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article imageViolence in Mexico spilling over into Texas

By Nikki Weingartner     Mar 18, 2009 in World
With the violence in Mexico creating travel warnings and making headline news as far as the country itself is concerned, there has been an unanswered call for Federal assistance; a request that some say isn't valid as this is a problem within Mexico.
The recent activity plaguing the border towns of Texas and Mexico has brought about some controversy over whether or not what is happening down south is really just a matter of territory wars. However, an investigative report out of an area that geographically is no where near the edge shows just how much of Mexico's violence breeches the unstable border and floods the state.
Listed as a major drug shipment and distribution area for certain cartels out of Mexico by both the U.S. Department of Justice and the National Drug Intelligence Center, Houston is far from the perceivable dirty border town that receives limited press. On February 20, a travel alert was updated showing an increase in violence not only along border towns but within the country of Mexico as well, citing US citizen kidnappings, injuries and death tolls. In the alert, it was explained how the cartels mask themselves as soldiers or are even alleged to be part of the government itself, and take on the "good guys" of the Mexican military full force:
Some recent Mexican army and police confrontations with drug cartels have resembled small-unit combat, with cartels employing automatic weapons and grenades. Large firefights have taken place in many towns and cities across Mexico but most recently in northern Mexico, including Tijuana, Chihuahua City and Ciudad Juarez.. During some of these incidents, U.S. citizens have been trapped and temporarily prevented from leaving the area.
Popular shopping areas in places like Tijuana, northern Baja California, Ciudad Juarez and Nogales have all seen a spike in criminal activity, with drug shootouts during the day at popular shopping venues and other public places becoming increasingly common. Nuevo Laredo, Matamoros and Tijuana have also experienced a serious spike in harassment by local nationals, with U.S. citizens being followed in their vehicles. But now, local law enforcement on the Texas side are seeing the increase in criminal activity directly related to the escalating violence and continue to call for federal back up. A call that has still been unanswered.
Houston Congressman Ted Poe made the statement that
"The drug cartels have more money, have more foot soldiers than the Mexican Army does and we're naive to think that's all going to stay on that side of the border"
A statement that is backed up by those who are in the fields, working day in and day out to keep the "peace." The problems on the Texas side have gotten so bad that law enforcement has begun to share its information and combine resources in hopes to form a better front. One area sheriff described how the growing violence had absolutely spilled over into Texas as four families in his county had recently moved away because they were attacked and threatened by the the cartel's foot soldiers, also known as drug runners, after they had alerted law enforcement to suspicious activity on their property. This shows how intimidating the massive group can be, retaliating against those who attempt to undermine their operation.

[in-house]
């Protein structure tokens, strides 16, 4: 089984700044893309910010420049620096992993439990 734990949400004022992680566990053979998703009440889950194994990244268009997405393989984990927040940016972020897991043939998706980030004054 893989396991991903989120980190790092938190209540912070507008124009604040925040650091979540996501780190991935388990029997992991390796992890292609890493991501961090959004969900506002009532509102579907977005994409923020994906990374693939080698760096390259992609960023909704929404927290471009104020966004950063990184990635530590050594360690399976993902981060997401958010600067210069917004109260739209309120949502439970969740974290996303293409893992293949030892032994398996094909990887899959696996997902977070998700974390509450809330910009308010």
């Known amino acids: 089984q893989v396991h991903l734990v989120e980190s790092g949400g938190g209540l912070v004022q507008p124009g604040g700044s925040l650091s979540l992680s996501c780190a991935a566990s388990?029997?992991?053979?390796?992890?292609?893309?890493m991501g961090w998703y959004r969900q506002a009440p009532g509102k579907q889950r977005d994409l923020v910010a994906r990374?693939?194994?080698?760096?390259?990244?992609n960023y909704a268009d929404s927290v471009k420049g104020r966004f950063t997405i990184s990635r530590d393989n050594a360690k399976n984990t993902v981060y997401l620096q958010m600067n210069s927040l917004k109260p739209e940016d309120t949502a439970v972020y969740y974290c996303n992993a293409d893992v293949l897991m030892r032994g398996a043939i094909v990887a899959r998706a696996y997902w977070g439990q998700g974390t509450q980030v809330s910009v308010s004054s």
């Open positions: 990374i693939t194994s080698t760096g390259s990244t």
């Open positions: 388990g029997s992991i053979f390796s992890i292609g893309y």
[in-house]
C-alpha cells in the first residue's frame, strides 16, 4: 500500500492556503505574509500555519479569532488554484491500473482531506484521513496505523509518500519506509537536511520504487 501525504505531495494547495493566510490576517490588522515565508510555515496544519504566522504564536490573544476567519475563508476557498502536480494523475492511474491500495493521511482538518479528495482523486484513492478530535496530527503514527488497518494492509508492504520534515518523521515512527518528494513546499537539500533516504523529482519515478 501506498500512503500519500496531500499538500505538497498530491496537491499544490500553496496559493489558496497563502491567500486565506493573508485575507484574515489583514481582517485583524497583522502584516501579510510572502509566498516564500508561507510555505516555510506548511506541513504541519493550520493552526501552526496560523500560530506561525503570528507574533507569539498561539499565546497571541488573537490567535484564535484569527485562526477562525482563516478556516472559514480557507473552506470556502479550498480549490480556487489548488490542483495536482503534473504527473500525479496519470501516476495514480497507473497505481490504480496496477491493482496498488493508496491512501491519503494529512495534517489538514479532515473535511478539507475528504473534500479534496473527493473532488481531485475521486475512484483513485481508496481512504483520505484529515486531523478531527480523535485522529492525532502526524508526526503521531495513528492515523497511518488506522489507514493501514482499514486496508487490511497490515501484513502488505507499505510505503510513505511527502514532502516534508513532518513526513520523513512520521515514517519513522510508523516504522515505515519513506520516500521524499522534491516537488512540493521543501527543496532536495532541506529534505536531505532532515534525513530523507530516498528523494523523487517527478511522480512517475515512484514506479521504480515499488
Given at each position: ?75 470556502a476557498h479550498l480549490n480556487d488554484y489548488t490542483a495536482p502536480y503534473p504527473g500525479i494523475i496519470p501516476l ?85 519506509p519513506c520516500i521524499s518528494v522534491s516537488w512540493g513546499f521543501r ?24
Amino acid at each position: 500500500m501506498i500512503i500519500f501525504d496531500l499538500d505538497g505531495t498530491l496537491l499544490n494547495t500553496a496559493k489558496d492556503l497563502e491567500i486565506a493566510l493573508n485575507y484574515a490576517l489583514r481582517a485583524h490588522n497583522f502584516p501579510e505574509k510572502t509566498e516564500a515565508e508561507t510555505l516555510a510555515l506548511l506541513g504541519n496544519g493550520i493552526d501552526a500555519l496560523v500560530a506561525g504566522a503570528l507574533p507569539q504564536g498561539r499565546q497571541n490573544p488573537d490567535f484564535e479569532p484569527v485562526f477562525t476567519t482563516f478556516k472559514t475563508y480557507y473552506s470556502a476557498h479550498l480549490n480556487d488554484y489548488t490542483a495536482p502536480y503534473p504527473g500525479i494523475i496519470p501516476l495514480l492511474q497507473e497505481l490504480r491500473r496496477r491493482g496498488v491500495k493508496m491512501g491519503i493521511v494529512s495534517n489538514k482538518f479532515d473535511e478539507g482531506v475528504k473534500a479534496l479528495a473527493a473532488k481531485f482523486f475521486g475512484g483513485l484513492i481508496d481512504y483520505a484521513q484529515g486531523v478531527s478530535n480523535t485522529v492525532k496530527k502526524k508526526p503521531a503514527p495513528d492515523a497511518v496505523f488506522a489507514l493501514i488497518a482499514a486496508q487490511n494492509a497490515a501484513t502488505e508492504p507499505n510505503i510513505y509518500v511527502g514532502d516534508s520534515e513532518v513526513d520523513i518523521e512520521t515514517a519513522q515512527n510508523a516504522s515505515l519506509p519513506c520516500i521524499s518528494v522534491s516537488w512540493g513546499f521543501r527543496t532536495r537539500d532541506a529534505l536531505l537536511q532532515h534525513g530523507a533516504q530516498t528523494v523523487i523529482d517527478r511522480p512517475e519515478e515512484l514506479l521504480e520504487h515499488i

The area law enforcement explain how the new and more violent movement has caused them to step up a bit.
"Now they're being told, 'If you're pursued by officers, shoot back.' They're obviously better armed then we are. They'll fight you now. They'll flee from you whereas before they used to surrender,"
Mexico has responded to the increase in violence by deploying thousands of police and federal troops to the border. Unfortunately, this has also served to increase the desperation in the cartel's movement and response, causing a domino effect of violence within the country, within the neighbouring state of Texas and possibly into other areas in the United States.
Another area sheriff described a massive increase in Mexican gang activity:
"We're getting a lot of gang activity. For me it's very apparent, I'm seeing more now than I've seen in the years past headed northbound to Houston and it's a border gang. It appears they're trying to set-up shop in Houston."
In a shootout between Texas local Sheriff's Deputies and Mexican nationals involving bundles of pot being smuggled into the country, dash cams recorded the event as a military Humvee arrived and aided the smugglers in the attempted ditching of the pot. A local law enforcement member took a picture of a soldier helping the smugglers but both the United States government and the Mexican government have denied any military involvement.
But its not just those on the beat having issues. A recent article in the El Paso Times revealed how a co-owner of a popular local night club was arrested for his involvement in the cartel operation. The arrest as part of an entire drug ring was explained as:
"This type of criminal organization not only poisons our communities with drugs. They threaten public safety, and keep their suppliers -- the Mexican drug cartels -- in business. ... Dismantling drug-trafficking organizations that operate in our area helps cut off the supply."
The local news has become a wealth of information on just how much the increase in violent activity in Mexico is spilling over the top of our borders and well into our own country. Unfortunately, the national and world news hasn't quite yet seen the need to cover the increase in day to day violence associated with the so-called territory wars.
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